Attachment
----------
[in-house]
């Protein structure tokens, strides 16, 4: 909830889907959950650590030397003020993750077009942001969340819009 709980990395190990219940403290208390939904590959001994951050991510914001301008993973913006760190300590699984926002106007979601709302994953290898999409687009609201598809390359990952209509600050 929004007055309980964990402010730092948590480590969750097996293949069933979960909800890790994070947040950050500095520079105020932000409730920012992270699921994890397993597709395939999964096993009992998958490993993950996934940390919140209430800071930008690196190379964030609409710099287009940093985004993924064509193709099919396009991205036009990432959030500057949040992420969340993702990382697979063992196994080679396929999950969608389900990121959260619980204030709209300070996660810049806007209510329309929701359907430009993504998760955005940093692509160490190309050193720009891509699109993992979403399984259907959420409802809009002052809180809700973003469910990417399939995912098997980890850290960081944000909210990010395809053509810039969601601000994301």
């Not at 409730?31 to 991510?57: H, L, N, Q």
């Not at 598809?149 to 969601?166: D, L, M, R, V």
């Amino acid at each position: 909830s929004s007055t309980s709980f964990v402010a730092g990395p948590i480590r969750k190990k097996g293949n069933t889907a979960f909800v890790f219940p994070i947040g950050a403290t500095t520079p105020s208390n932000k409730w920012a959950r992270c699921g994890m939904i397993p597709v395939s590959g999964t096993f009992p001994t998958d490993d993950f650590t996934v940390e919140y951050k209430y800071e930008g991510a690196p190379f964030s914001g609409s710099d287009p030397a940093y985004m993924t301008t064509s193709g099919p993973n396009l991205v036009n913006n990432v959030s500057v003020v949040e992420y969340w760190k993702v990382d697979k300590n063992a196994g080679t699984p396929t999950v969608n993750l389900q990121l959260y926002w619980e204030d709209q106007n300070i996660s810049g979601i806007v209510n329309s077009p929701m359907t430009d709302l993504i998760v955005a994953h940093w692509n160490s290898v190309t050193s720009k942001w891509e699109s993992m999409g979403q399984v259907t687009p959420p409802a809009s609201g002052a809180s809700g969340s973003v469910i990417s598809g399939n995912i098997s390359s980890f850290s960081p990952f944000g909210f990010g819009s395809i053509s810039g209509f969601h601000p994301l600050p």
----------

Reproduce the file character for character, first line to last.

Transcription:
[in-house]
């Protein structure tokens, strides 16, 4: 909830889907959950650590030397003020993750077009942001969340819009 709980990395190990219940403290208390939904590959001994951050991510914001301008993973913006760190300590699984926002106007979601709302994953290898999409687009609201598809390359990952209509600050 929004007055309980964990402010730092948590480590969750097996293949069933979960909800890790994070947040950050500095520079105020932000409730920012992270699921994890397993597709395939999964096993009992998958490993993950996934940390919140209430800071930008690196190379964030609409710099287009940093985004993924064509193709099919396009991205036009990432959030500057949040992420969340993702990382697979063992196994080679396929999950969608389900990121959260619980204030709209300070996660810049806007209510329309929701359907430009993504998760955005940093692509160490190309050193720009891509699109993992979403399984259907959420409802809009002052809180809700973003469910990417399939995912098997980890850290960081944000909210990010395809053509810039969601601000994301």
């Not at 409730?31 to 991510?57: H, L, N, Q």
């Not at 598809?149 to 969601?166: D, L, M, R, V």
């Amino acid at each position: 909830s929004s007055t309980s709980f964990v402010a730092g990395p948590i480590r969750k190990k097996g293949n069933t889907a979960f909800v890790f219940p994070i947040g950050a403290t500095t520079p105020s208390n932000k409730w920012a959950r992270c699921g994890m939904i397993p597709v395939s590959g999964t096993f009992p001994t998958d490993d993950f650590t996934v940390e919140y951050k209430y800071e930008g991510a690196p190379f964030s914001g609409s710099d287009p030397a940093y985004m993924t301008t064509s193709g099919p993973n396009l991205v036009n913006n990432v959030s500057v003020v949040e992420y969340w760190k993702v990382d697979k300590n063992a196994g080679t699984p396929t999950v969608n993750l389900q990121l959260y926002w619980e204030d709209q106007n300070i996660s810049g979601i806007v209510n329309s077009p929701m359907t430009d709302l993504i998760v955005a994953h940093w692509n160490s290898v190309t050193s720009k942001w891509e699109s993992m999409g979403q399984v259907t687009p959420p409802a809009s609201g002052a809180s809700g969340s973003v469910i990417s598809g399939n995912i098997s390359s980890f850290s960081p990952f944000g909210f990010g819009s395809i053509s810039g209509f969601h601000p994301l600050p």